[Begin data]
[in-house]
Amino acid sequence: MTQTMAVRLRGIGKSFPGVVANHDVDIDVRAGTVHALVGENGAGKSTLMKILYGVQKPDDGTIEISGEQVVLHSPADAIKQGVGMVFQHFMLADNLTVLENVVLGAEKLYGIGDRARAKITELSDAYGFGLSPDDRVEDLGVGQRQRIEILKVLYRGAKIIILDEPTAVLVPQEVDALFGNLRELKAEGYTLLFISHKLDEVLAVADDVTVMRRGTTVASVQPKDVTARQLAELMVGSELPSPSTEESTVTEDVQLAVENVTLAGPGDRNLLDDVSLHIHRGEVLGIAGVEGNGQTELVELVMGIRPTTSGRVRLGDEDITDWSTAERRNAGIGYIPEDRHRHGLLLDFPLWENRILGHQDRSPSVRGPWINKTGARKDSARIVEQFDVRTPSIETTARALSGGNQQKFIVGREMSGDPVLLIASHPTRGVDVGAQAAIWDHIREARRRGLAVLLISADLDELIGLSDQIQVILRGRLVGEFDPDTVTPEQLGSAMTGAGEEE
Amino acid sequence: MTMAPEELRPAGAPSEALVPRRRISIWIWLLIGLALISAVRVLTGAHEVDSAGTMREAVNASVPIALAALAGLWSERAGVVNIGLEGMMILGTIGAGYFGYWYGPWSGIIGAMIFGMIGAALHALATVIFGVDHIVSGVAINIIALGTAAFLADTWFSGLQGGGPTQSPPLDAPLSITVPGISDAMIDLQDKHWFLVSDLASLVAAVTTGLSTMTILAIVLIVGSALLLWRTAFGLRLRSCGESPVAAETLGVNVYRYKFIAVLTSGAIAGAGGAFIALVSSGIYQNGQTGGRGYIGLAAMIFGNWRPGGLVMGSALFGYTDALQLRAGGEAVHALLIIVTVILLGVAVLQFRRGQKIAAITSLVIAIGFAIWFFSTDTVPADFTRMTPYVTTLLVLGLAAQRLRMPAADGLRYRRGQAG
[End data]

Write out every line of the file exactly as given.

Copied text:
[in-house]
Amino acid sequence: MTQTMAVRLRGIGKSFPGVVANHDVDIDVRAGTVHALVGENGAGKSTLMKILYGVQKPDDGTIEISGEQVVLHSPADAIKQGVGMVFQHFMLADNLTVLENVVLGAEKLYGIGDRARAKITELSDAYGFGLSPDDRVEDLGVGQRQRIEILKVLYRGAKIIILDEPTAVLVPQEVDALFGNLRELKAEGYTLLFISHKLDEVLAVADDVTVMRRGTTVASVQPKDVTARQLAELMVGSELPSPSTEESTVTEDVQLAVENVTLAGPGDRNLLDDVSLHIHRGEVLGIAGVEGNGQTELVELVMGIRPTTSGRVRLGDEDITDWSTAERRNAGIGYIPEDRHRHGLLLDFPLWENRILGHQDRSPSVRGPWINKTGARKDSARIVEQFDVRTPSIETTARALSGGNQQKFIVGREMSGDPVLLIASHPTRGVDVGAQAAIWDHIREARRRGLAVLLISADLDELIGLSDQIQVILRGRLVGEFDPDTVTPEQLGSAMTGAGEEE
Amino acid sequence: MTMAPEELRPAGAPSEALVPRRRISIWIWLLIGLALISAVRVLTGAHEVDSAGTMREAVNASVPIALAALAGLWSERAGVVNIGLEGMMILGTIGAGYFGYWYGPWSGIIGAMIFGMIGAALHALATVIFGVDHIVSGVAINIIALGTAAFLADTWFSGLQGGGPTQSPPLDAPLSITVPGISDAMIDLQDKHWFLVSDLASLVAAVTTGLSTMTILAIVLIVGSALLLWRTAFGLRLRSCGESPVAAETLGVNVYRYKFIAVLTSGAIAGAGGAFIALVSSGIYQNGQTGGRGYIGLAAMIFGNWRPGGLVMGSALFGYTDALQLRAGGEAVHALLIIVTVILLGVAVLQFRRGQKIAAITSLVIAIGFAIWFFSTDTVPADFTRMTPYVTTLLVLGLAAQRLRMPAADGLRYRRGQAG